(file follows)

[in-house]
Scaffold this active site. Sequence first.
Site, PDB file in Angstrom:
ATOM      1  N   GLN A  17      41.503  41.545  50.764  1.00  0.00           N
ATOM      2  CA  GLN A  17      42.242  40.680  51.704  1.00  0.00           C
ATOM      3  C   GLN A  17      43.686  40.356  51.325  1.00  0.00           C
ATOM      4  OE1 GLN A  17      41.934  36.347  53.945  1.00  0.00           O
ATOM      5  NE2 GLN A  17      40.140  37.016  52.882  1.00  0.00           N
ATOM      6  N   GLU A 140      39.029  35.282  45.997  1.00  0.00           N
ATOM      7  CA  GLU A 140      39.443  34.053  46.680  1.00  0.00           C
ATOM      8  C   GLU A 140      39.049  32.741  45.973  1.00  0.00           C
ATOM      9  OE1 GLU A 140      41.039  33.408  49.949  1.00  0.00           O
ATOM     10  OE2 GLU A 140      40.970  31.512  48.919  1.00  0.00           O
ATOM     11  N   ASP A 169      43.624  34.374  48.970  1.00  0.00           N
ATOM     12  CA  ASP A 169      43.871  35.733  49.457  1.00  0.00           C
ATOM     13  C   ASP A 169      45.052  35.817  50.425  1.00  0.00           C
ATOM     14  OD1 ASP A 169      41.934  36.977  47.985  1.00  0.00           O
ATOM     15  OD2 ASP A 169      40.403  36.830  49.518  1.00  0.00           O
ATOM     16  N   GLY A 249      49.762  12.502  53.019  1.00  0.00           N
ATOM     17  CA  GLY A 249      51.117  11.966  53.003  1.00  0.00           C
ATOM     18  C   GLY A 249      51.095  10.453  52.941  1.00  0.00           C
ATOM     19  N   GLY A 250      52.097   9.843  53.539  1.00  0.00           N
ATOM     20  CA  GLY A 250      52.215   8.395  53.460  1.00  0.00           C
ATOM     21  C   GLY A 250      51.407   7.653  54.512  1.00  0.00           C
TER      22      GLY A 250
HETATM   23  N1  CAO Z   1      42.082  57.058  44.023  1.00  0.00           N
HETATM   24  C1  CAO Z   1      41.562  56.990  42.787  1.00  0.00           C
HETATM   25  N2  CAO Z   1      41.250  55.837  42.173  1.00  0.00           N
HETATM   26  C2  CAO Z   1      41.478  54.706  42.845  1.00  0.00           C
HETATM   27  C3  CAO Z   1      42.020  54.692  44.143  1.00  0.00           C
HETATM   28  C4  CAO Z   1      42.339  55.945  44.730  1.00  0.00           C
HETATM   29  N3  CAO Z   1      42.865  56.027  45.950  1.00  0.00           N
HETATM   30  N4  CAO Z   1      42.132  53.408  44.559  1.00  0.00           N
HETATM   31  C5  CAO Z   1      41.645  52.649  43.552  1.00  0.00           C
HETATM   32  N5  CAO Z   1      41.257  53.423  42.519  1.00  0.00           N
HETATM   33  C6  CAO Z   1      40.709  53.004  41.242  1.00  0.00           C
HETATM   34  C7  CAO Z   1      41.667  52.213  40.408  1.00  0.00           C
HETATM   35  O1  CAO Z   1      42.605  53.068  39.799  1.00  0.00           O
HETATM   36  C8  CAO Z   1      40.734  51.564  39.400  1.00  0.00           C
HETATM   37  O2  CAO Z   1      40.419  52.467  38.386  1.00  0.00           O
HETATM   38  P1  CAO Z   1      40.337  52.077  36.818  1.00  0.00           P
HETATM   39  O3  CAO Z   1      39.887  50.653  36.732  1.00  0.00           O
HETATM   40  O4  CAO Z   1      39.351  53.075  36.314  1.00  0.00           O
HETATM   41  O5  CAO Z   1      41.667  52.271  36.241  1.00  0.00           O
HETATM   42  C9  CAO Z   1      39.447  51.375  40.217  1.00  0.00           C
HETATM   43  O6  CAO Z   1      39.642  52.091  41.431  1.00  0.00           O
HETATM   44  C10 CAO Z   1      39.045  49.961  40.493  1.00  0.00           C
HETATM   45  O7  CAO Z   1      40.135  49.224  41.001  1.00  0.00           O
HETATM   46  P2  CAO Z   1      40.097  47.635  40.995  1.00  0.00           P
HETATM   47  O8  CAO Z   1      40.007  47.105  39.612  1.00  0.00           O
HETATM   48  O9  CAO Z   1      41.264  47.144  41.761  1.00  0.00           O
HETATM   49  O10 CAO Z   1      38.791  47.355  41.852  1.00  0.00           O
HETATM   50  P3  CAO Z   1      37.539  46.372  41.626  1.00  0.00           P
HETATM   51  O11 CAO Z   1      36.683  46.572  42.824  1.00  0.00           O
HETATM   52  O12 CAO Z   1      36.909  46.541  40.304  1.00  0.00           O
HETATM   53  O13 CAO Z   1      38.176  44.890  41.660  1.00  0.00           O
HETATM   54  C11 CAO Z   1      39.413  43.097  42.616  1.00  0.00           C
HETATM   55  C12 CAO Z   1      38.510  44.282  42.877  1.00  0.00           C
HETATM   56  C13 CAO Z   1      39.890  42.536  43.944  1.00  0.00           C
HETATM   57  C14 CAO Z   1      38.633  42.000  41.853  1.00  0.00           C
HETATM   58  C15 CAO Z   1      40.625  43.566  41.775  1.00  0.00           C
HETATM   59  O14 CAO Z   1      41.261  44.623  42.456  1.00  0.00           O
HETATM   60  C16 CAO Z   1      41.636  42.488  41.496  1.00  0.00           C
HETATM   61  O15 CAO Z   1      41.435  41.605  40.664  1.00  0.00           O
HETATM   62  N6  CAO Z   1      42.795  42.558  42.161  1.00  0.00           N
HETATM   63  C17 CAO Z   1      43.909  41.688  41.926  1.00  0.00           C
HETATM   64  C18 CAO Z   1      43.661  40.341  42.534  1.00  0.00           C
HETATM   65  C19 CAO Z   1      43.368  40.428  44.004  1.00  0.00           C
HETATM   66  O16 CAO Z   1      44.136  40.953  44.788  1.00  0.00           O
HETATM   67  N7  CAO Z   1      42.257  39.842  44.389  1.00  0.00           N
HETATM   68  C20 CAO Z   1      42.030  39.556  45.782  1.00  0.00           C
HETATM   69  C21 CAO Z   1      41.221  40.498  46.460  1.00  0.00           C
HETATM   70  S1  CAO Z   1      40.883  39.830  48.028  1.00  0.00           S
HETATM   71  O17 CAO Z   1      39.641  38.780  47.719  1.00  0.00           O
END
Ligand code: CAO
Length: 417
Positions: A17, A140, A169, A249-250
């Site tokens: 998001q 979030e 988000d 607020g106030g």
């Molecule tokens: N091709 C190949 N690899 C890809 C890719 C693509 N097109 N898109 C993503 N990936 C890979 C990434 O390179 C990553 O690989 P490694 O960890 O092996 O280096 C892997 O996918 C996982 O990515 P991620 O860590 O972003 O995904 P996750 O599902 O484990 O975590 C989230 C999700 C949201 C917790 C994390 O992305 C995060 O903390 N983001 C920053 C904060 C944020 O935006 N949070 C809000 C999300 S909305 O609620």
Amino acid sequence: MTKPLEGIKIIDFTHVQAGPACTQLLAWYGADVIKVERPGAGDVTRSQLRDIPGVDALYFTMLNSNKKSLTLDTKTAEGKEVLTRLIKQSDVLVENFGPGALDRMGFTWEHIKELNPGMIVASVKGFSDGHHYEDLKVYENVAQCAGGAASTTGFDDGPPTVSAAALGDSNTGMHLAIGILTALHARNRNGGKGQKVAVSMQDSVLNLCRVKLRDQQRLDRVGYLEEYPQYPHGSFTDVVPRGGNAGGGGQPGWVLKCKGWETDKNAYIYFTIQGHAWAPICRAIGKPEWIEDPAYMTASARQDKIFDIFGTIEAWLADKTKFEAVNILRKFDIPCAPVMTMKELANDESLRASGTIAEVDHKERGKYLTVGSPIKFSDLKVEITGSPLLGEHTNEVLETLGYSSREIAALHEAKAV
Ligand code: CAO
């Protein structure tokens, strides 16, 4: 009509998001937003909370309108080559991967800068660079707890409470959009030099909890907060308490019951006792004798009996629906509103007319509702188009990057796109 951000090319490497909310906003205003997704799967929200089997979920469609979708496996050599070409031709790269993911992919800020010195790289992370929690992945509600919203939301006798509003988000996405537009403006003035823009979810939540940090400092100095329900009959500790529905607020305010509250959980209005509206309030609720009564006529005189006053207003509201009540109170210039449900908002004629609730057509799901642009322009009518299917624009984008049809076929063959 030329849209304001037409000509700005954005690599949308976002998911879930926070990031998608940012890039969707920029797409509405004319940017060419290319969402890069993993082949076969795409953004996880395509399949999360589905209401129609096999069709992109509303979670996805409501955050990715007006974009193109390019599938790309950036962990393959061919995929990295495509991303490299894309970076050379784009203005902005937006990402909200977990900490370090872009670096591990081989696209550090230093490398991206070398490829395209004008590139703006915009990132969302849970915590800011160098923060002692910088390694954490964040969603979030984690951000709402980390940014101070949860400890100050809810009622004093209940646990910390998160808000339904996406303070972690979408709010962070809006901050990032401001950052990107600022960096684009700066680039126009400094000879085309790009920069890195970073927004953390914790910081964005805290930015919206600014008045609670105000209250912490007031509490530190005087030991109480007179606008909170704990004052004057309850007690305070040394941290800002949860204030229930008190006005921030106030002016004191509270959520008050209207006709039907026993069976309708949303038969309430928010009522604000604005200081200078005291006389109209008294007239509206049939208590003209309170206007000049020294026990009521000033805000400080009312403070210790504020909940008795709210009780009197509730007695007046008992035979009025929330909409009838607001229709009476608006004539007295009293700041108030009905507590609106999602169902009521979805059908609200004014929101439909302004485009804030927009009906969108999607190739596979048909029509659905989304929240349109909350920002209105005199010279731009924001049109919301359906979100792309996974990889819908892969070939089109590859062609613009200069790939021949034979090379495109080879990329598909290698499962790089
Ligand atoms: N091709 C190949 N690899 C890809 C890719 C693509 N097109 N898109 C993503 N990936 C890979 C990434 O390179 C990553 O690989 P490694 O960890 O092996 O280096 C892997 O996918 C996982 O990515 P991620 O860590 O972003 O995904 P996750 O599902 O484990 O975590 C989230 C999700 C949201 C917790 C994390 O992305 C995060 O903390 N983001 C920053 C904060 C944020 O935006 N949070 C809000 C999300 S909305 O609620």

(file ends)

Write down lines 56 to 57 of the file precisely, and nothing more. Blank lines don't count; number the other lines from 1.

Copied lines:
HETATM   53  O13 CAO Z   1      38.176  44.890  41.660  1.00  0.00           O
HETATM   54  C11 CAO Z   1      39.413  43.097  42.616  1.00  0.00           C